A village of small houses about three kilometers from Britain’s mysterious Stonehenge that may have sheltered its builders has been found, local media reported Wednesday.

The ancient houses have been excavated by a group of archaeologists studying the stone circle in England at a site known as Durrington Walls, where it is also the location of a wooden version of the stone circle, said Mike Parker Pearson of Sheffield University at the National Geographic Society.

“Eight of the houses, with central hearths, have been excavated, and there may be as many as 25 of them,” said Parker Pearson, “the village was carbon dated to about 2600 B.C., about the same time Stonehenge was built.”

Both Stonehenge and Durrington Walls have avenues connecting them to the Avon River, indicating a pattern of movement between the sites, according to researchers.

“Clearly, this is a place that was of enormous importance,” said Julian Thomas of Manchester University.

Stone tools, animal bones, arrowheads and other artifacts were uncovered in the village. Remains of pigs indicated they were about nine months old when killed, which would mark a midwinter festival.

The researchers speculated that Durrington Walls was a place for the living and Stonehenge — where cremated remains have been found — was a cemetery and memorial, media reported.

The megalithic ruin known as Stonehenge stands on the open downland of Salisbury Plain west of the town of Amesbury, Wiltshire, in Southern England. It is not a single structure but consists of a series of earth, timber, and stone structures that were revised and re-modelled over a period of more than 1400 years. Source

Advertisements

European history was altered by a bacterial infection in someone’s stomach, according to a report from the University of Texas Southwestern Medical Center.

The stomach in question belonged to Napoleon, and the infection led to ulcers, which likely caused the French dictator to get cancer and die. Even if Napoleon had managed to escape from house arrest on the island of St. Helena, where the British stuck him after the 1815 battle of Waterloo, he would have been too weak to mount a comeback, the researchers added.

The study also cast doubt on the theory that Napoleon was poisoned with arsenic.

Dr. Robert Genta at UT, along with Canadian and Swiss scientists, essentially took the notes from the autopsy conducted at Napoleon’s death and threw it a battery of modern tests. The autopsy descriptions show that Napoleon’s stomach was filled with a dark material that resembled coffee grounds, an indication of gastrointestinal bleeding that likely was the immediate cause of death, according to Genta. The doctors then compared the descriptions against modern images of 50 benign ulcers and 50 gastric cancers. They determined that no benign cancer could look like the lesion described in the autopsy.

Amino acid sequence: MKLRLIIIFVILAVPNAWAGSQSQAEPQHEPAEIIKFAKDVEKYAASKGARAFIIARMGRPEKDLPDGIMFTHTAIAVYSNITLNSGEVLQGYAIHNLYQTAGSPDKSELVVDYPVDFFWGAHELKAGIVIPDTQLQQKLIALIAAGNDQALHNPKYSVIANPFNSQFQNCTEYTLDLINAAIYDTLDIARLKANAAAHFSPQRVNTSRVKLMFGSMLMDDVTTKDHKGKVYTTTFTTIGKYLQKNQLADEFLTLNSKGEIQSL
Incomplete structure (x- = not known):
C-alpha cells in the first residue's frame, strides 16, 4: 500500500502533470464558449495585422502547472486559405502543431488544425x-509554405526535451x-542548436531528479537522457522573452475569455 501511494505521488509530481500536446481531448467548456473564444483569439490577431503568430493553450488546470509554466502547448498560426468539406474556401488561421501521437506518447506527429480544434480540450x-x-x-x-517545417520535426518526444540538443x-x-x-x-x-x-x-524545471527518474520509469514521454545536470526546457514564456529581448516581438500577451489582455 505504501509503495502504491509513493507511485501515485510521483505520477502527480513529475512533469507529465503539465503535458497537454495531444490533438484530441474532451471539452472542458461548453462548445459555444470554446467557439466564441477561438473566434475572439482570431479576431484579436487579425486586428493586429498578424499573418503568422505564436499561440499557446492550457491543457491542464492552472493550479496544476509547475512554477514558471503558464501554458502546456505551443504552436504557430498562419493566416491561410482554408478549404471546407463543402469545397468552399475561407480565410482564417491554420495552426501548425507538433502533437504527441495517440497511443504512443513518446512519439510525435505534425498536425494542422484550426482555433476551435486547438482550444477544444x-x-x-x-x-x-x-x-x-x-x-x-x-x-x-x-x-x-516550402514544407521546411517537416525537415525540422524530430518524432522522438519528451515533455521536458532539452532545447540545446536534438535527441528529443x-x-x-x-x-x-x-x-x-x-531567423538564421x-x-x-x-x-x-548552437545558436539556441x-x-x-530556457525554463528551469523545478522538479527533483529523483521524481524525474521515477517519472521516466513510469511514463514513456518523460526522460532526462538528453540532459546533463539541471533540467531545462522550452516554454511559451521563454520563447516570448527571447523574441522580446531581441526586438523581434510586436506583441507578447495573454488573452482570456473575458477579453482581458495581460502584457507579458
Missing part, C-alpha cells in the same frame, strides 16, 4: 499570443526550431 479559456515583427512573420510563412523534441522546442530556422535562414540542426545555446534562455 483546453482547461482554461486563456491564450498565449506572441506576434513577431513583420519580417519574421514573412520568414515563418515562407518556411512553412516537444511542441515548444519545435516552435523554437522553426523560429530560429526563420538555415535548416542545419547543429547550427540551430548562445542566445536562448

“It was a huge mass from the entrance of his stomach to the exit. It was at least 10 centimeters long. Size alone suggests the lesion was cancer,” Genta said in a prepared statement.

Genta also noted that contemporaries noted that Napoleon–who was rather tubby in his lifetime–lost 20 pounds toward the end. An ironic ending for a man who has a pastry named after him.

source

Before the great pyramids, ancient Egyptian kings left less grandiose monuments to themselves: fortresslike sanctuaries enclosed by mud-brick walls. Inside these mortuary complexes, people presumably gathered to worship and perpetuate the memory of their departed ruler.

The crumbling, almost vanished remains of such structures, archaeologists say, attest to the political hierarchy and religion of the newly unified Egyptian state, beginning more than 5,000 years ago. As symbols of the early power of kings and their roles in the cosmic order, these mysterious funerary centers are considered ancestral in purpose to the classic pyramids of Giza. Read the rest of this entry »

From a new analysis of a human skull discovered in South Africa more than 50 years ago, scientists say they have obtained the first fossil evidence establishing the relatively recent time for the dispersal of modern Homo sapiens out of Africa.

The migrants appeared to have arrived at their new homes in Asia and Europe with the distinct and unmodified heads of Africans. Read the rest of this entry »